Secondly, for covering-up sexual child abuse scandals. And here opponents score a point. Some say the Pope actually did not know much about the abuse cases as flow of information was filtered by the bishops from his administration. Nonetheless, this problem properly. It is not fair, given that all people should be equal before law. Secular paedophiles appear before courts, are sentenced, then go to jail and their “atonement”, meted out by fellow prisoners is anything but pleasant. Priests guilty of child abuse have usually been protected within the Church…

Leaving aside the controversial topics, let’s move on to more down-to-earth issues. I, as an unreligious, have not been made ponder upon the very Karol Wojtyła, but upon his teachings, heritage Catholics all over the world had received from him, but not surely taken it in…

Now what do we have left in Poland? 40% of people regularly going to church on Sundays? Unreflective religiousness, meaning people practise because they have been taught to practise, not necessarily out of a deeper need? Drunk driving? Tax evasion (which is a form of theft)? Illegally made out sick leaves for healthy people that costs Polish state and employers millions of zlotys every months? Mistrust? Envy? Hostility? Malice? People who can’t see further than the end of their own nose? Aggression in public life and between common people? Claims of moral superiority made by the most ardent Catholics? Accusing fellow men of treason without any substantial evidence?

Overwhelming hypocrisy, the biggest cancer of Polish Catholicism? Once some old ladies cross the doorstep of their church they backbite their neighbours. Once some men step out of the same church they go to a nearby inn, knock back a few bottles of beer, sit behind the wheel and drive home. Youngsters declare they love John Paul II and then go for a party, put on condoms and shag one another? Am I exaggerating? No, I have seen each of the situations described above at least once in my life…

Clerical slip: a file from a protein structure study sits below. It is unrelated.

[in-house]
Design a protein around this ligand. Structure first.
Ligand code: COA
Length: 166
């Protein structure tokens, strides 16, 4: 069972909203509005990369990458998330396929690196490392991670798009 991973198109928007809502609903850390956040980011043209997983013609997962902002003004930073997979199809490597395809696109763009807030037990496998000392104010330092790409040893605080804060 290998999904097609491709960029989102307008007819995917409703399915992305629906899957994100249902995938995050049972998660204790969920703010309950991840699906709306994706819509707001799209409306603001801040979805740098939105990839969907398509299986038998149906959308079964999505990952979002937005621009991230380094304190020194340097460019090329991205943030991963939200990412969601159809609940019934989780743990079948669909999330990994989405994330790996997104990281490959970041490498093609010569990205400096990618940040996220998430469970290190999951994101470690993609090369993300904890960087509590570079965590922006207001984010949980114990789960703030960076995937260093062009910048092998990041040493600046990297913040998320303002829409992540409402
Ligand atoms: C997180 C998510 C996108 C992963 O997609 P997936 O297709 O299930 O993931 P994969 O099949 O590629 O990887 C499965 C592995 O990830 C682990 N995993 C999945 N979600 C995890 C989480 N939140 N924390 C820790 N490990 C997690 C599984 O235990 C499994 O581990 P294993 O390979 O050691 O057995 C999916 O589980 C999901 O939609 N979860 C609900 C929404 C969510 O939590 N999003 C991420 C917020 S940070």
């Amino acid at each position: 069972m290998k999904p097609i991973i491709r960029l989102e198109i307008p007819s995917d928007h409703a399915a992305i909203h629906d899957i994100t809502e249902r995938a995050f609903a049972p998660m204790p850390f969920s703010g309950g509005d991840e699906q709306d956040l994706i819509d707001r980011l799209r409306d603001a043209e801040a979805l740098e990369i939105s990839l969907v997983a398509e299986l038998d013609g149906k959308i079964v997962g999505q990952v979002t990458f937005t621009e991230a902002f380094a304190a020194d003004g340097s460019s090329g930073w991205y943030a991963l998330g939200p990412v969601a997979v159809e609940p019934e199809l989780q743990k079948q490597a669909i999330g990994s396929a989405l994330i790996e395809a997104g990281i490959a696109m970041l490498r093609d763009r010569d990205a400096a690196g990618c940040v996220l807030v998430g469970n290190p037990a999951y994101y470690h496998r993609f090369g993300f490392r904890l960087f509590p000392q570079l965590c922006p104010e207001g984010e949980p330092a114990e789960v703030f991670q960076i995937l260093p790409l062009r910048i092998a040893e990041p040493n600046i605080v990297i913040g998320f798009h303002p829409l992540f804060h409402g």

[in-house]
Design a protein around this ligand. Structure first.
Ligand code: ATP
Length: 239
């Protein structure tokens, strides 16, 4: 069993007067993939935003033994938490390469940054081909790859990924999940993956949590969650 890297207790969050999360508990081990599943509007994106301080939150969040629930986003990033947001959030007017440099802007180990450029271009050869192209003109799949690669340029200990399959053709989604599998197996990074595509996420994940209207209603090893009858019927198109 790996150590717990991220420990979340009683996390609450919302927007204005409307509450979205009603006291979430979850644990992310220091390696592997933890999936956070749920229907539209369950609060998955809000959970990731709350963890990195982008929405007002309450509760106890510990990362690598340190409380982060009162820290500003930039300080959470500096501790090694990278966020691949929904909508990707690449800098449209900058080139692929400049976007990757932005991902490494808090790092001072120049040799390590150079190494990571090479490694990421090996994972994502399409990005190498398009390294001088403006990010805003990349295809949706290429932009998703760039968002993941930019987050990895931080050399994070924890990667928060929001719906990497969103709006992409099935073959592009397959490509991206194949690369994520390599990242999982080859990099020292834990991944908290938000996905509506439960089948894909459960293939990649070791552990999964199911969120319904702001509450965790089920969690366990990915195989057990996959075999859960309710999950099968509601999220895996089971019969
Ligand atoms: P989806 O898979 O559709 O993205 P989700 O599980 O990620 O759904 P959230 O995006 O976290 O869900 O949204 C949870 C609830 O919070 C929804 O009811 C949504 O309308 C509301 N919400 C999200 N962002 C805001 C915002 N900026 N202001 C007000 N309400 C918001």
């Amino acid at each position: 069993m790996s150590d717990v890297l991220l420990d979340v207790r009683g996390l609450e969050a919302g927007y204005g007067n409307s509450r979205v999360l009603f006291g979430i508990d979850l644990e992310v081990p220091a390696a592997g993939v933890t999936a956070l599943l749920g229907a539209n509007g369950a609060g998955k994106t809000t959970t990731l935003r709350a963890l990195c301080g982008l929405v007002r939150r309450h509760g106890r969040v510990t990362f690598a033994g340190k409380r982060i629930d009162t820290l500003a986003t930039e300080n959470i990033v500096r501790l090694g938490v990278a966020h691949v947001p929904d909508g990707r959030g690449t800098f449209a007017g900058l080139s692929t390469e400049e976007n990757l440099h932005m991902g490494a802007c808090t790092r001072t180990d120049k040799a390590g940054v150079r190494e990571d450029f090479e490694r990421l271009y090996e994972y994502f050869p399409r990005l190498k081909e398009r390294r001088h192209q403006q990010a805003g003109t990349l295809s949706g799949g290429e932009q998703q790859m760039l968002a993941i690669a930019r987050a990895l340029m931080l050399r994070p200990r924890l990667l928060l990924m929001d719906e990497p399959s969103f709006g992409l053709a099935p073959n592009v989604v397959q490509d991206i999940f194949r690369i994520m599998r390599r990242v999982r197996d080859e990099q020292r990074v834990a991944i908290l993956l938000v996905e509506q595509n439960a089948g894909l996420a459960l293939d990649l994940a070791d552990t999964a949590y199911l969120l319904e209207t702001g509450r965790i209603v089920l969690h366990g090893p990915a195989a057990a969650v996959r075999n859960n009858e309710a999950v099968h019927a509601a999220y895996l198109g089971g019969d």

More and more it occurs to me that, to paraphrase a popular quotation from Polish film “Kiler”, Polacy zrobili sobie z dziesięciu przykazań spółkę z ograniczoną odpowiedzialnością (Poles have made the Decalogue a limited partnership). OK, they may go by the rules set by the Church and the Pope who is in charge of it, but only to the extent to which it is convenient for them. They are Catholics, they have some rules to follow, but when it comes to pre-marital sex, or use of contraception techniques, the same rules are somehow waived. Isn’t it peculiar?

Religion, in Poland particularly bound with Polishness in the history, is now, owing to the past, treated instrumentally. A good Pole and a god patriot should, according to old beliefs, be a catholic. Last August, prompted by my colleague (a practising, yet very moderate Catholic) I mused about what John Paul II felt when he watched goings-on outside the presidential palace in August 2010? What did the late Pope feel when religious symbols when used for strictly political ends? What does the now Blessed Karol Wojtyła feel when he looks from above on politicians who cite his teachings to prove their moral superiority and then violently attack their political opponents, not without resorting to lies and manipulations?

My counter-point is that you don’t have to be religious to be a decent man. If we can draw any lesson from this day, do commemorate Pope in a different way than it has been done. Heritage of John Paul II should not consists in monuments, roundabouts named after him or carpets with his face weaved on them and sold during harvest festivals. Real heritage consists in following the most universal teachings in every day lives.

Pay taxes, don’t shirk work, have courage to admit you were wrong and make up for it, help your fellow men in need, be honest, reliable, dependable, keep your promises, have respect for other people, keep calm, take care of public goods, don’t sponge on the state (= on fellow taxpayers), be fair, always tell the truth, take responsibility for your deeds, don’t take credit for other people’s merits… The list could be much longer, but… I am asking too much??? If all people acted like this, life would be much, much better…

And now what is left? Quite often still anger and shame